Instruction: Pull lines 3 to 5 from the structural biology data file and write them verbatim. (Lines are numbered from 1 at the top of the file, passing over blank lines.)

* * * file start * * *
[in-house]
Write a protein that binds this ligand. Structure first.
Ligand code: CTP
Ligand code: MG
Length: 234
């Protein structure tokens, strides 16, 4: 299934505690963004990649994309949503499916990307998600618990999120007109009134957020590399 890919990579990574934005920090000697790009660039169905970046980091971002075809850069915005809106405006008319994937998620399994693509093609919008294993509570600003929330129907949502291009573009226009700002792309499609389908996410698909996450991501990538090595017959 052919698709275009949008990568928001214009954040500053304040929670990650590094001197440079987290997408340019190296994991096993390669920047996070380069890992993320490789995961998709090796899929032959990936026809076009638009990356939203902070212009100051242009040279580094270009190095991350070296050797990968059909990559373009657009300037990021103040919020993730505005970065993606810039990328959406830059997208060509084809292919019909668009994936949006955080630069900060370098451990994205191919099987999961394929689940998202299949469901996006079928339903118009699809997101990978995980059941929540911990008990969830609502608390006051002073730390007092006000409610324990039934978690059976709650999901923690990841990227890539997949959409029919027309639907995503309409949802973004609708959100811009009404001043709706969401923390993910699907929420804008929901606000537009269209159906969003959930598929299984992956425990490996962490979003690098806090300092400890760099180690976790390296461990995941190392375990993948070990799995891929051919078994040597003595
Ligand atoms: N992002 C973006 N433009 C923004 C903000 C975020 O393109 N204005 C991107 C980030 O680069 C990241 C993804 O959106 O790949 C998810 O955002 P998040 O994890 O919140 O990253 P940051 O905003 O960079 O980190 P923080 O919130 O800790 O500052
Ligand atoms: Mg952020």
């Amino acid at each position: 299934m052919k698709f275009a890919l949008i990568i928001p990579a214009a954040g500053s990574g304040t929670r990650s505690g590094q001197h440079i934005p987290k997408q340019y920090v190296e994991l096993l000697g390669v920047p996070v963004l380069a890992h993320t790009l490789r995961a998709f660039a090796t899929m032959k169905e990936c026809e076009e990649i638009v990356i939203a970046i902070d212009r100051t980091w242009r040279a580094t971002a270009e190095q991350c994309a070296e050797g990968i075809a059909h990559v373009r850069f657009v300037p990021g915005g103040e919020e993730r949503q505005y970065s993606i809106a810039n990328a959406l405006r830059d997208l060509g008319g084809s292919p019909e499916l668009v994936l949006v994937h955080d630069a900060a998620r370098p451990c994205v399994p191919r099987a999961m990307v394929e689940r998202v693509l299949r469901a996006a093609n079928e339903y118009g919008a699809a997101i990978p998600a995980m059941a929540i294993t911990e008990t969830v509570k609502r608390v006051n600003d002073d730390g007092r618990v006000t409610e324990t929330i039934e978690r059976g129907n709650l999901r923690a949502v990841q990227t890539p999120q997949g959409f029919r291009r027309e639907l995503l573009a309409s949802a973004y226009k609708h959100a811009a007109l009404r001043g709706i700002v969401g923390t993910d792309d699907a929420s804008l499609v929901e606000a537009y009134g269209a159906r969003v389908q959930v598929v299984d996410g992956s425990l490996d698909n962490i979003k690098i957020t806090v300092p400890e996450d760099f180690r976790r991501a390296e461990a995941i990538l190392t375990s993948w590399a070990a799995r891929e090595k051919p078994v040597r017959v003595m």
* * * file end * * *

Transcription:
Ligand code: CTP
Ligand code: MG
Length: 234